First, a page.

Larger cemetery will renew source of revenue for city
Published 12:00 am Wednesday, December 6, 2000
The first expansion of the Natchez City Cemetery in half a century will provide more than much-needed burial spaces. Proceeds from the sale of new spaces will renew a revenue source for the Natchez Cemetery Association that has dwindled over the years as space became limited.
Don Estes, cemetery director, said the city cemetery operates from three main sources of revenue: charges for perpetual care, appropriations from the city and fees for burial spaces.
The cemetery relies on the earnings of a perpetual care trust fund for the majority of its income, Estes said, and about 16 percent – or $39,600 this year – of the cemetery’s annual budget comes from city appropriations.
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But, proceeds from burial spaces, which also make up about 16 percent of the cemetery’s total budget, have gradually decreased over the years as the cemetery filled and burial spaces became limited, Estes said.
&uot;We’ve missed that for quite a while, and we hope with the sale of these new plots we can use the money to update some equipment,&uot; he said.
Last week, the Natchez Board of Aldermen passed a resolution setting the price of new burial spaces in the city cemetery at $500 each, a price that does not include a $500 perpetual care charge set by the cemetery association.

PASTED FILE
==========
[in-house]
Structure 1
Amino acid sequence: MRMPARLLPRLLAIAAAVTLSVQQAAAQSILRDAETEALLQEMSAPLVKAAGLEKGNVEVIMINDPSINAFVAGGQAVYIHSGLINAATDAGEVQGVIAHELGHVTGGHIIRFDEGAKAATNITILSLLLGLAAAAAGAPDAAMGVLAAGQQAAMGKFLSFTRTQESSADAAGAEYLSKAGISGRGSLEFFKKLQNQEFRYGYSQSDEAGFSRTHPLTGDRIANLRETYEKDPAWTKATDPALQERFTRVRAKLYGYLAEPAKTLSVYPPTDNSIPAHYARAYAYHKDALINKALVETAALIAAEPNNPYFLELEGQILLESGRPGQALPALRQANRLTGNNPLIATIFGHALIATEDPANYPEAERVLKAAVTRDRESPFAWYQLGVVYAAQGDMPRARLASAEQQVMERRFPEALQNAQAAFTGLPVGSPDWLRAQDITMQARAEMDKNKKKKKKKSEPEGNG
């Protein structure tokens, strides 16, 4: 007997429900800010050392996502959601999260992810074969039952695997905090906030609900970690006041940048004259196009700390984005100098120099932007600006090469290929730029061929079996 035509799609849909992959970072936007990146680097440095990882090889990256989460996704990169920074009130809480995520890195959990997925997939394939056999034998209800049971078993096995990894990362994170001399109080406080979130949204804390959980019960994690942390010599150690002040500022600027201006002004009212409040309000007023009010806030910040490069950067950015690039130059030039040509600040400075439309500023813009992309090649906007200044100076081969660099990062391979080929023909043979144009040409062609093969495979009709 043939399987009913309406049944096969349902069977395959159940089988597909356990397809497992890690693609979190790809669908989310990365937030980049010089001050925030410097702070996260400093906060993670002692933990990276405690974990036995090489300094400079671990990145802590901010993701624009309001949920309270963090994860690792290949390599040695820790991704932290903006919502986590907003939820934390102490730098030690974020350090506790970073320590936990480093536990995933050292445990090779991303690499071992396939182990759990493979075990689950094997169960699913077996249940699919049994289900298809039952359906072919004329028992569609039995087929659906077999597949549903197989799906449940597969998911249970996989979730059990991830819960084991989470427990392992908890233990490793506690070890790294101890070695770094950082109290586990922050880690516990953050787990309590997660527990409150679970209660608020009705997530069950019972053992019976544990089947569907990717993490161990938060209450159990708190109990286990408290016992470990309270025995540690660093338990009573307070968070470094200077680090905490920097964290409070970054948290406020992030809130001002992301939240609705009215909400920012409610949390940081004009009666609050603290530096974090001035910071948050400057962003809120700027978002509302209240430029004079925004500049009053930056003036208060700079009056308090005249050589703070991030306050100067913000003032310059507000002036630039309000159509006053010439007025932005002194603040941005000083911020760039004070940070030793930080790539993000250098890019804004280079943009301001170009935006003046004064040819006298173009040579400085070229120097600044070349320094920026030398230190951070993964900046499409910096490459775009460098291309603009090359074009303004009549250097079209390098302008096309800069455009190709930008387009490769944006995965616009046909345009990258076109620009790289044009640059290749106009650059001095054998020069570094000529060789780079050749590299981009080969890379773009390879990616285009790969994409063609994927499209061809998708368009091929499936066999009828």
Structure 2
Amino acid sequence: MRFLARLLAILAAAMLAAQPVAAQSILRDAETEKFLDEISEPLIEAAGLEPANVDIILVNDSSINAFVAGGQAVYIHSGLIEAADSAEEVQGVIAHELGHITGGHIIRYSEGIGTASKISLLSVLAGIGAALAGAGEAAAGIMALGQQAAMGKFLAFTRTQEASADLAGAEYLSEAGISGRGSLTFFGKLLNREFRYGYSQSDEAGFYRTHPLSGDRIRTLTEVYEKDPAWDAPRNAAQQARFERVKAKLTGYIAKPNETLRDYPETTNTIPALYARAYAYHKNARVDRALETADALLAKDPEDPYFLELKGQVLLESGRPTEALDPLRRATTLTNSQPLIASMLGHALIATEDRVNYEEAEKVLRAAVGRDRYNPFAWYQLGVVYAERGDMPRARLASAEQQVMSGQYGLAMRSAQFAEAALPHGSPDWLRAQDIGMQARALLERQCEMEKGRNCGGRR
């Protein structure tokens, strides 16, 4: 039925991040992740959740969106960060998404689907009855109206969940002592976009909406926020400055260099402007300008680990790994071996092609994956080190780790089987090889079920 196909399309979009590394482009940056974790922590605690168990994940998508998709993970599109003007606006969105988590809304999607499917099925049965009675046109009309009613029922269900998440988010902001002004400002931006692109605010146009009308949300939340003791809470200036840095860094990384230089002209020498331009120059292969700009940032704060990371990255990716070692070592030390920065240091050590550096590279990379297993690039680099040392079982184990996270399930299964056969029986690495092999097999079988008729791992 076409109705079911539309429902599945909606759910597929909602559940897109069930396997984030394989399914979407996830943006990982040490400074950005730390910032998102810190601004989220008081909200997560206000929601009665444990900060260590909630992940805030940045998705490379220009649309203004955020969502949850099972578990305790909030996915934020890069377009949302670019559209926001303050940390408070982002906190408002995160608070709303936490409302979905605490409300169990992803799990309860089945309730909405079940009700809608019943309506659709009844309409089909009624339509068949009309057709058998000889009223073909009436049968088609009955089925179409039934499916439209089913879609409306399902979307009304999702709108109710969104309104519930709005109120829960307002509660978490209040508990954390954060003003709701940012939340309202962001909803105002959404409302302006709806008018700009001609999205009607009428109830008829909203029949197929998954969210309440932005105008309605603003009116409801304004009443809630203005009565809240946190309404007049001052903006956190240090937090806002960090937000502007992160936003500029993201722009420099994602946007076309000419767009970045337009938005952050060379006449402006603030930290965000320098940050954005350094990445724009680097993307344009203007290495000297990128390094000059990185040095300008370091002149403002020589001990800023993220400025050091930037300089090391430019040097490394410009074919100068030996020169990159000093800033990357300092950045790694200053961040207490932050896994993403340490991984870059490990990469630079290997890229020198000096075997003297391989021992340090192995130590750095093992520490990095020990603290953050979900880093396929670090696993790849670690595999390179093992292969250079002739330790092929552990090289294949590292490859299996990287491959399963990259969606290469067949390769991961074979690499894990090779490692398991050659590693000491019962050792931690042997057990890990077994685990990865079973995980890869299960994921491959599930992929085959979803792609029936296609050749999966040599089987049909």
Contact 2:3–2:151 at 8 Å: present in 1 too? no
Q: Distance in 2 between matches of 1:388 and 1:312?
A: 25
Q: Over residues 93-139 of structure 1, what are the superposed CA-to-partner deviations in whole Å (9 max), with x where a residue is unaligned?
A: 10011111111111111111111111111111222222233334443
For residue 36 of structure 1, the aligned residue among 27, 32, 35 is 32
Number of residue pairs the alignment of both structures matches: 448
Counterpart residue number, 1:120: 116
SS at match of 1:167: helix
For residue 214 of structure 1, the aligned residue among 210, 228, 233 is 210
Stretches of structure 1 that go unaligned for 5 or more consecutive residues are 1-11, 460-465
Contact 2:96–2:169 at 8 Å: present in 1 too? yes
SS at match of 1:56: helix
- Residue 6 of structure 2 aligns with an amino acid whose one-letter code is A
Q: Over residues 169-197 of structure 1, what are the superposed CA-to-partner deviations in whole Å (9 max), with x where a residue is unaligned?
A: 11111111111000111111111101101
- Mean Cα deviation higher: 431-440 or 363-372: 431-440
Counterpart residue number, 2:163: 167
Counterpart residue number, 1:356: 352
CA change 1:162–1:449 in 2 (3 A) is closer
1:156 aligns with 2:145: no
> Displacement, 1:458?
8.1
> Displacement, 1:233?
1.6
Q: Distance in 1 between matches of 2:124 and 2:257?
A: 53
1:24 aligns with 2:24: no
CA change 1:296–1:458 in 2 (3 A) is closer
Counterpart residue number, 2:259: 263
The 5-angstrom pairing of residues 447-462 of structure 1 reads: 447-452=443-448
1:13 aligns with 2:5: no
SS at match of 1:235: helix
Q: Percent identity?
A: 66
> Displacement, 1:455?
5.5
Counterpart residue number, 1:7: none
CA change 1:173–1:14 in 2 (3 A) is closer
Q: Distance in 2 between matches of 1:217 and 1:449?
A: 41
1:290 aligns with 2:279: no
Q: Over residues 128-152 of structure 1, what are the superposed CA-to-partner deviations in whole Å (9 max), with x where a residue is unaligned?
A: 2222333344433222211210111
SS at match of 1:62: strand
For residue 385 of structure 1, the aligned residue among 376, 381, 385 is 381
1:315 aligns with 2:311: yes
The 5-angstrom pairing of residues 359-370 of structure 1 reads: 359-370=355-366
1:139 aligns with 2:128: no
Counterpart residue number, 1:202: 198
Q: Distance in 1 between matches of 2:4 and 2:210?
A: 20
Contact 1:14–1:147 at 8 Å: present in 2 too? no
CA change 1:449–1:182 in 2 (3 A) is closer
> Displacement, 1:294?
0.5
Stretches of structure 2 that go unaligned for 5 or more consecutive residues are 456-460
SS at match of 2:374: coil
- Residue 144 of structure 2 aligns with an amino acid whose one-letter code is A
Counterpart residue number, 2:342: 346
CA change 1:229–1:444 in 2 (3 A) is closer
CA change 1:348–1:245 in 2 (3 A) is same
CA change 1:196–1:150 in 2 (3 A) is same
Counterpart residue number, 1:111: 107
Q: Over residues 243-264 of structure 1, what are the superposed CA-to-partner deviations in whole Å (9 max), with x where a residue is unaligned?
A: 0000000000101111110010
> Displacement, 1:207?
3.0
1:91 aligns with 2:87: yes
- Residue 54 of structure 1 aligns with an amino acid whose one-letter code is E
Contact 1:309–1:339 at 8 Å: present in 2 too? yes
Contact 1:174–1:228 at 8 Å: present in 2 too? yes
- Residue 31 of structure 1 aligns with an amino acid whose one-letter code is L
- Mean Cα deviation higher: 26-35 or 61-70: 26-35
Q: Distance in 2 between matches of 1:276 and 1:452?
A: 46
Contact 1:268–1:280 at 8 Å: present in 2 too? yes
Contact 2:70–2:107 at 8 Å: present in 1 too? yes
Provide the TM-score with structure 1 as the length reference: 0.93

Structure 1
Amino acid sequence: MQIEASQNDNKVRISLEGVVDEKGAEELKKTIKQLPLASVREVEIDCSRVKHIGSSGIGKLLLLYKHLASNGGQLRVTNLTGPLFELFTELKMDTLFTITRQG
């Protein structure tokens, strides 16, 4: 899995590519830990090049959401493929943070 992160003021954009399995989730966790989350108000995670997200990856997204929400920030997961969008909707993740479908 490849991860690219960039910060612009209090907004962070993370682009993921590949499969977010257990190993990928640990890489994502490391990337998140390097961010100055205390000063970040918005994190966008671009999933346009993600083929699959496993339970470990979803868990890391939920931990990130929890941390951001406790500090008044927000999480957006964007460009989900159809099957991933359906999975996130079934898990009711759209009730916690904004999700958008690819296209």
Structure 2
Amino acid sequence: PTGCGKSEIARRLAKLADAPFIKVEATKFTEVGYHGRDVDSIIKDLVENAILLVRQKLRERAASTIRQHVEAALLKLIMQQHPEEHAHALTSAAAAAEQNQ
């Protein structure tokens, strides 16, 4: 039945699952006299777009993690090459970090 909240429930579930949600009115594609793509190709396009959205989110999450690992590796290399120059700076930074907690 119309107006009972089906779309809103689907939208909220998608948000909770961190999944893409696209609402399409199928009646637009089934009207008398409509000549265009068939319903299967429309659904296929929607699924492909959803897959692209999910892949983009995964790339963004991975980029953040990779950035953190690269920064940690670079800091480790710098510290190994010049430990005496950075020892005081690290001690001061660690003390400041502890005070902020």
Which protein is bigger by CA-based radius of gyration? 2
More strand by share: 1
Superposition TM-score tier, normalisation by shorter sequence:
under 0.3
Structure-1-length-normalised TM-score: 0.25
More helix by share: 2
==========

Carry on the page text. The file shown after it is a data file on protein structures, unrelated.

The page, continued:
In 1998, the cemetery association set the price of all burial spaces, including perpetual care charges, at $750.
The resolution and an accompanying ordinance amendment, both effective Dec. 1, raised the total price of burial spaces from $750 to $1,000, with the additional $250 going toward the city’s general fund to recoup money spent in the expansion.
Estes said the cemetery will use the renewed funding from the sale of burial spaces to update equipment used in mowing and maintaining the cemetery grounds.
Along with seven full-time employees, Estes said the amount of part-time labor required to mow the cemetery throughout the year makes payroll the association’s number one expense.
Though the cemetery’s age, various expansions and ornate monuments and fences make it unique, Estes said they also make the cemetery difficult to maintain. &uot;This is a beautiful, park-like atmosphere but to cut it is a nightmare,&uot; he said. &uot;But the beauty is there, and, to me, it’s worthwhile.&uot;
Margaret Weed, cemetery association member and co-president of the Friends of the Cemetery, agreed that the cemetery’s beauty and history make it unique from privately-owned cemeteries.
&uot;That cemetery belongs to the people of Natchez,&uot; she said. &uot;We want the cemetery to be open to people of all walks of life.&uot;